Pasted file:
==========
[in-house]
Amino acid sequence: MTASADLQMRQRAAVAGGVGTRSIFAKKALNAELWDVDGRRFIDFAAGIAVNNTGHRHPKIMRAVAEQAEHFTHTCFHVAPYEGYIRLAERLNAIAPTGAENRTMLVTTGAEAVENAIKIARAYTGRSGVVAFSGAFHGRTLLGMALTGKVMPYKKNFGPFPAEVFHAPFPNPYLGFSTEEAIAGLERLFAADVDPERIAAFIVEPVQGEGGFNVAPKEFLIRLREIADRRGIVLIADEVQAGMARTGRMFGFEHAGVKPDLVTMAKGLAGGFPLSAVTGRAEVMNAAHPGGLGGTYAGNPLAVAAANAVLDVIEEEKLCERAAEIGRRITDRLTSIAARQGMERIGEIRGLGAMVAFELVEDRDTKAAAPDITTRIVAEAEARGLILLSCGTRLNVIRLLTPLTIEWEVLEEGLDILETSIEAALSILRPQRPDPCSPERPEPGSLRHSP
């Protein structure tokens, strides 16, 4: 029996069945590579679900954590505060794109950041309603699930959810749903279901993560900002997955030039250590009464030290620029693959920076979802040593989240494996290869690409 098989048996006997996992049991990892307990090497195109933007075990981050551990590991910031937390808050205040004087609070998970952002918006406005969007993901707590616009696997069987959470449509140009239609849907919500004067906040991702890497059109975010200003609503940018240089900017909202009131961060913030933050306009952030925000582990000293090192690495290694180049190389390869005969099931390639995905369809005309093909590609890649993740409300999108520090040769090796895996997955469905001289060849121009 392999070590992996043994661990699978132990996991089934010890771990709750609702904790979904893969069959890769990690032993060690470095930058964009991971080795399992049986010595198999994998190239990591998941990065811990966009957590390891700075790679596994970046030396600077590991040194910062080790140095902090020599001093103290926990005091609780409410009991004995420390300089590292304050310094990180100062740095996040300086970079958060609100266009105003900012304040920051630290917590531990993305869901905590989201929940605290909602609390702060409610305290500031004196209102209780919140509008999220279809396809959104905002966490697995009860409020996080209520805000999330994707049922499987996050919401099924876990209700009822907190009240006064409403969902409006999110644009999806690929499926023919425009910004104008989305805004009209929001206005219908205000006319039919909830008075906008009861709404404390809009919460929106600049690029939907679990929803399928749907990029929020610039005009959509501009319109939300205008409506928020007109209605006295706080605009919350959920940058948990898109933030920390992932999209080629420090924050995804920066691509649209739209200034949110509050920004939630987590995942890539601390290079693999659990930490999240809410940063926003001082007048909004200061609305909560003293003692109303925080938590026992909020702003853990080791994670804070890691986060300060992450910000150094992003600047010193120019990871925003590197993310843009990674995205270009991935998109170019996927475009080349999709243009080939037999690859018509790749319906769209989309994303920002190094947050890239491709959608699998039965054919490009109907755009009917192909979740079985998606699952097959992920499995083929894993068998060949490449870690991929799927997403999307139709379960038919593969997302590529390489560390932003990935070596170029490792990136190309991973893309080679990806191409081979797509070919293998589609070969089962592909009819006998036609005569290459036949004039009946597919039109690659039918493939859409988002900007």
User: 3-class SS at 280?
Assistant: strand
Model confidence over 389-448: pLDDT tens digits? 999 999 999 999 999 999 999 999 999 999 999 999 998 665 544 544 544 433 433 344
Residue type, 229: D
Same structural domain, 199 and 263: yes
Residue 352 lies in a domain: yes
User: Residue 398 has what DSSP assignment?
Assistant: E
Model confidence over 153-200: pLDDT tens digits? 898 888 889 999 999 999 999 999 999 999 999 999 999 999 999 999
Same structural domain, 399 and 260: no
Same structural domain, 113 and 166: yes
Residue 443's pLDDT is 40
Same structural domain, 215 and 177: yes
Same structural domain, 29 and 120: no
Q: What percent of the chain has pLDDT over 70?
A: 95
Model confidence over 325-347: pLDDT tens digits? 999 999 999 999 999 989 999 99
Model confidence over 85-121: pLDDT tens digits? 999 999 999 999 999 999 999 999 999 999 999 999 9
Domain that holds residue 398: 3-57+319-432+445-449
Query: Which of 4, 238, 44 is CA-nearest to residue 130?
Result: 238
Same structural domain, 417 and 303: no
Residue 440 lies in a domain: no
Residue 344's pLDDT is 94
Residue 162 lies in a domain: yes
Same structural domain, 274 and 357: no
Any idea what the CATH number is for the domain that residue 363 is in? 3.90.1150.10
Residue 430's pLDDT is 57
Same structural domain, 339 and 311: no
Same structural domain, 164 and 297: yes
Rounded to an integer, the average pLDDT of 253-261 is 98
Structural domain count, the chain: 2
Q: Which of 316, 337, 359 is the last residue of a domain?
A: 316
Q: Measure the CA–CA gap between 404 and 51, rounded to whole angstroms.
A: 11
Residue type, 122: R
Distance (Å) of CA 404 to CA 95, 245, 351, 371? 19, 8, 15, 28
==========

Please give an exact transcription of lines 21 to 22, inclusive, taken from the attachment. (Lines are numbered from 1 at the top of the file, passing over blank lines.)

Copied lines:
Model confidence over 85-121: pLDDT tens digits? 999 999 999 999 999 999 999 999 999 999 999 999 9
Domain that holds residue 398: 3-57+319-432+445-449